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Blaming News Media For Extremism Tasty Low-hanging Fruit, Social Media Quite Bitter
For every sporting event media coverage starts early in the season. The tempo rises to the pre-game shows; lots of shouting and waving. The event itself is almost parenthetical. Itís the post-game analysis where everybody tries to appear reasoned and sober. So it is, too, with elections.
German voters went to the polls just a week ago (September 24) to elect members of parliament, the Bundestag. Support for major political parties fell, some more than others, as populist far-right party Alternatif für Deutschland (AfD - Alternative for Germany) gained seats for the first time. Some in Germany - and elsewhere - were surprised, and some horrified, at the showing for AfD candidates. Some were surprised the anti-immigrant, anti-refugee party’s nostalgia for the days of the Soviet Union - or earlier - had not fared better. There will be a different political coalition for Chancellor Angela Merkel to lead.
German politicians, certainly those with headaches, started complaining about media coverage immediately after the results were announced. "In the next few weeks, we will discuss the extent to which the two public broadcasters have massively contributed to making the AfD not small, but to make it big", complained Bavarian Interior Minister and CSU member Joachim Herrmann on the ARD talk-show Berliner Runde (September 24), quoted by Focus (September 25). More blunt was outgoing Bundestag member and Green Party politician Hans-Christian Ströbele, saying broadcasters should not "pick up every fart or fad that an AfDer lets loose.”
The AfD succeeded in holding the focus of major newspapers and broadcasters, public and private. TV talk-shows during this campaign cycle, covered meticulously by newspapers, seemed to have one focus: the AfD. Major party representatives in TV debates were similarly drawn in. All of this served only to raise more criticism of journalists and the news media, publishers finding another reason to complain about public TV network ARD and public channel ZDF. The messenger is a convenient target when the message is difficult.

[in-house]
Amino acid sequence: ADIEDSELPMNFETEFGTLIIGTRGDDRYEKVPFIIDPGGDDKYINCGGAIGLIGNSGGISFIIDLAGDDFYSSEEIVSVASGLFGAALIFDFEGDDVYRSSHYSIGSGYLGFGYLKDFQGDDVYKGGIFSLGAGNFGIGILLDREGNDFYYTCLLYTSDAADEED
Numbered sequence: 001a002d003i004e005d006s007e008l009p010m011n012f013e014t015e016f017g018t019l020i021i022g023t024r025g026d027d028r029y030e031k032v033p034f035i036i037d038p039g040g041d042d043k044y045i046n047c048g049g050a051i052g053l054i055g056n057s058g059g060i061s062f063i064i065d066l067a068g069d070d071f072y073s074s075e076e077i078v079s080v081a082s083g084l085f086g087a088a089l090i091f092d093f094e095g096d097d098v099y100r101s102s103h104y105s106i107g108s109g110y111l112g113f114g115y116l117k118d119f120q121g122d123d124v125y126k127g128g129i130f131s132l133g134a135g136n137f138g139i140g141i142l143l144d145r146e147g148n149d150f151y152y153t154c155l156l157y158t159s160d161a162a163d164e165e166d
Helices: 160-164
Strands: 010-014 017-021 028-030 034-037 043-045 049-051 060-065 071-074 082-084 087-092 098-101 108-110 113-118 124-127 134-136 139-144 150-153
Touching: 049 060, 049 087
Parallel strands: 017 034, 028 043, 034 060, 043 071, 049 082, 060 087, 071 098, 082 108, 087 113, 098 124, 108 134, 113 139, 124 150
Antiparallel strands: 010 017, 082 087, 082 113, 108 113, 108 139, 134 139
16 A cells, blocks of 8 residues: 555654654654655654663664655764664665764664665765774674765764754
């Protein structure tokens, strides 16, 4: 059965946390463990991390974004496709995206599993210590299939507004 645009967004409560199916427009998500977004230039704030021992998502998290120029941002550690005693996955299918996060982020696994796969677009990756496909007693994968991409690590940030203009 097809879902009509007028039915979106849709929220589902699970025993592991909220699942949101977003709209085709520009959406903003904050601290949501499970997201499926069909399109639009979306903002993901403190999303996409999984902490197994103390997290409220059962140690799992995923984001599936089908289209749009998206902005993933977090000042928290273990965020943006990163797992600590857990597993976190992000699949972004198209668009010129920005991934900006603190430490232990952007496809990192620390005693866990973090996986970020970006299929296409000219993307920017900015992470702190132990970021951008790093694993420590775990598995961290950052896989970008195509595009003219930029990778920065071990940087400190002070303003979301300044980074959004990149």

Media reporting heaped attention on the Pirate Party Germany (Piratenpartei Deutschland) several years ago, noted Süddeutsche Zeitung (September 25). “But since the Pirates did not politically polarize as much as the AfD - and even fewer voices reached - no one revolted. Meanwhile the Pirates sunk into political insignificance.” The German Pirate Party first appeared in 2006 as a socially liberal political voice, peaked in 2011-2012 and effectively disappeared in 2016.
Critical news coverage pointing out the AfD’s most noxious positions served only to keep it “in the conversation,” said Ludwig-Maximilians-University communication professor Carsten Reinemann. And critical coverage on public broadcasting channels (ARD and ZDF) “hated by the AfD” only strengthens the party in its role of victim. "AfD supporters, who want a culturally and religiously homogeneous Germany, with which to hammer a supposedly uniform, traditional German identity, will not be deterred."
German public TV went on the defensive, publishing (September 29) an opinion poll taken after the vote showing large majorities (7 in 10) finding election coverage “rather balanced” and less than 20% saying “rather one-sided.” Leaving a top-secret Television council meeting, ZDF Director General Thomas Bellut said the final TV debate with Chancellor Merkel (CDU) and Martin Schultz (SPD) was “problematic” because of “interplay between the four journalists.” He called for a new law on TV debates.
Social media may have had less effect than expected, other than stirring up journalists. The AfD did, of course, post its most loathsome videos to Facebook, some borrowing from Russian sources. “Facebook is highly suitable for emotionally-charged content that would otherwise be out of the question,” said Social Media Watchdog founder Martin Giesler to Deutsche Welle (September 29). “There’s no reason to remain sober and factual for Facebook because people get bored.” The AfD complained about government-funded fact-checking websites as “in the service of left-wing extremists.”
Looking at online search queries, online news reports and aggregate poll data over several months German researchers concluded that “bad news is good news,” reported BuzzFeed News (Germany) (September 28). Voting intention for the AfD rose on any news coverage, positive or negative. "If the media had not reported on the AfD for several weeks, the polls would be five points lower,” said Munich College of Politics data researcher Simon Hegelich. “In the case of the established parties, however, survey values were more likely to fall on negative headlines.”
Distance always provides durable insight. “I would not start with blame now, but of course the media has a special responsibility in the reporting and it can reinforce certain trends,” said award-winning Austrian journalist Nina Horaczek to German media news portal meedia.de (September 29). She is chief correspondent for Vienna weekly Falter and a specialist in extremist political groups.
“Media is in a difficult situation,” she offered. “On the one hand, there is a duty to report, but these electrified reports bring the populists exactly the stage they need. Parties like the AfD need continuous media excitement. The same principle can also be seen in (US president Donald) Trump, who has made the choice to agitate and was much more frequently in the media than Hillary Clinton.”
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